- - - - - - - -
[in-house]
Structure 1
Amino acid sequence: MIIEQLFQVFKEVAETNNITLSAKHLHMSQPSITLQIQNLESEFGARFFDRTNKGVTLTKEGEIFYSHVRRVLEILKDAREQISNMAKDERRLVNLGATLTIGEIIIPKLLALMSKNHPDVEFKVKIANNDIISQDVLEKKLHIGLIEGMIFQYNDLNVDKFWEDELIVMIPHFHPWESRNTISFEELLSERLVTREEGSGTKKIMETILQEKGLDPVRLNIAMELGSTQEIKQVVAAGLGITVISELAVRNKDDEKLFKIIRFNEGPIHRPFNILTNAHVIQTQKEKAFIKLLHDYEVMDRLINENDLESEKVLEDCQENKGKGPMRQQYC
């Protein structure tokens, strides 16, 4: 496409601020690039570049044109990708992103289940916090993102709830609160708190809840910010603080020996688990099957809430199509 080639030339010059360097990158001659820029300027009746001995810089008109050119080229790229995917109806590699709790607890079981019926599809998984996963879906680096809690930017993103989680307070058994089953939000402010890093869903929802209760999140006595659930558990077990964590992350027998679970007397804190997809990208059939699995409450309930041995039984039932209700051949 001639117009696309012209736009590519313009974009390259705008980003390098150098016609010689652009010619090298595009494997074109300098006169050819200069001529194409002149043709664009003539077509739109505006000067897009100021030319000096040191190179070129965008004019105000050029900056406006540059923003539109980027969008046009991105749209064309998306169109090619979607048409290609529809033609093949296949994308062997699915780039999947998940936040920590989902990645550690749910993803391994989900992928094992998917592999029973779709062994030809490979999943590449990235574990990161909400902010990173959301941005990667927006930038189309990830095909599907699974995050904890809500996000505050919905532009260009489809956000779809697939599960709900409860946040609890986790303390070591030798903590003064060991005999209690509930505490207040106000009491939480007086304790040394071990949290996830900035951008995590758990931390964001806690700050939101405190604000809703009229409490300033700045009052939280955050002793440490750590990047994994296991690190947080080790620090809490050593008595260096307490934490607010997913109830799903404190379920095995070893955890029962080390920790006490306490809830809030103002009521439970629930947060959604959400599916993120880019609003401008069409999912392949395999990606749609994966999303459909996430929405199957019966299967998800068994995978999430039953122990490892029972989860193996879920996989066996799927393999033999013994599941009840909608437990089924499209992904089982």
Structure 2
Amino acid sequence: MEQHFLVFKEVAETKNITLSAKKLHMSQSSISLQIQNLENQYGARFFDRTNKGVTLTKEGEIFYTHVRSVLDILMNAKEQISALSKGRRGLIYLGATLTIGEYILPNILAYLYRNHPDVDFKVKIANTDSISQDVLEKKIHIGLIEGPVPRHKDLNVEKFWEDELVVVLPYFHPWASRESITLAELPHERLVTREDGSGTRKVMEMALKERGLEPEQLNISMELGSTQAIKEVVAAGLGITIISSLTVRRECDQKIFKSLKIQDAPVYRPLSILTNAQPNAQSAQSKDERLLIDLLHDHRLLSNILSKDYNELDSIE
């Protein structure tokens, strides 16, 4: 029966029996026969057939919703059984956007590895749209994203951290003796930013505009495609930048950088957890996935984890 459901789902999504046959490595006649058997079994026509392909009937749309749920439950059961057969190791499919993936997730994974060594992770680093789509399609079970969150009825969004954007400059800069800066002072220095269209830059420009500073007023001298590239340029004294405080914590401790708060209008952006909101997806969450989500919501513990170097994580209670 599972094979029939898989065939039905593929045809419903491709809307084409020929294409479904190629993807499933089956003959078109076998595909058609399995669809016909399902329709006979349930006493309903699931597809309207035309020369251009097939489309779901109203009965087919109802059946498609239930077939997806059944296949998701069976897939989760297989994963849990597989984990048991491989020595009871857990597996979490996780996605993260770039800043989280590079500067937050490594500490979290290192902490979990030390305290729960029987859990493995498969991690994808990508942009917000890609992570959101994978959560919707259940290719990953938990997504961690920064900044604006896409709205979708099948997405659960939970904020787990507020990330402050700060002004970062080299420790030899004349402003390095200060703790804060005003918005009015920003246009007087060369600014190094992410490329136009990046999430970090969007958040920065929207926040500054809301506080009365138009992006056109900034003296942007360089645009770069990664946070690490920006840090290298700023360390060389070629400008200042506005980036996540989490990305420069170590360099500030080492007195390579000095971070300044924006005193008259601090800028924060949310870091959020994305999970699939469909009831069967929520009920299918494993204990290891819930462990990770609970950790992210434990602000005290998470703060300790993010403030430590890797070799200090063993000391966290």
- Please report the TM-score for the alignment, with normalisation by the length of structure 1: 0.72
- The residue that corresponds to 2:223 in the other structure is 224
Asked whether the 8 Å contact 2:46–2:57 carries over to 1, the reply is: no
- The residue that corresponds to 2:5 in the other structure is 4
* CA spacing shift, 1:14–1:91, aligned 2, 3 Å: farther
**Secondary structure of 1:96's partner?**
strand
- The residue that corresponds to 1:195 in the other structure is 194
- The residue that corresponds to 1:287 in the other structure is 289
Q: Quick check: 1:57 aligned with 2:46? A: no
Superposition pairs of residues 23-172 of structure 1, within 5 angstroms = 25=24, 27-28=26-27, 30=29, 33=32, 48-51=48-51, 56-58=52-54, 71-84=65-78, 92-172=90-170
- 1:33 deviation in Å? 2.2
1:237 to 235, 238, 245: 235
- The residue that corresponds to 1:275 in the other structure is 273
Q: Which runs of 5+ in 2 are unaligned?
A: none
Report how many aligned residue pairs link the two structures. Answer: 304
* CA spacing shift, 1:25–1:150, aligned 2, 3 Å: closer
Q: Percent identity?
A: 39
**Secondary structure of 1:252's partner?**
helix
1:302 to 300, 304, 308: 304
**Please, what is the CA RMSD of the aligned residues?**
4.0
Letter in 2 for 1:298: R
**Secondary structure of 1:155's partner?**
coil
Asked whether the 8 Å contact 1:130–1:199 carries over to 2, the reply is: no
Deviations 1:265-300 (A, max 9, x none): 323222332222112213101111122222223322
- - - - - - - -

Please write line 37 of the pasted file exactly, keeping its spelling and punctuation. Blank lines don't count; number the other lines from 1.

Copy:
Deviations 1:265-300 (A, max 9, x none): 323222332222112213101111122222223322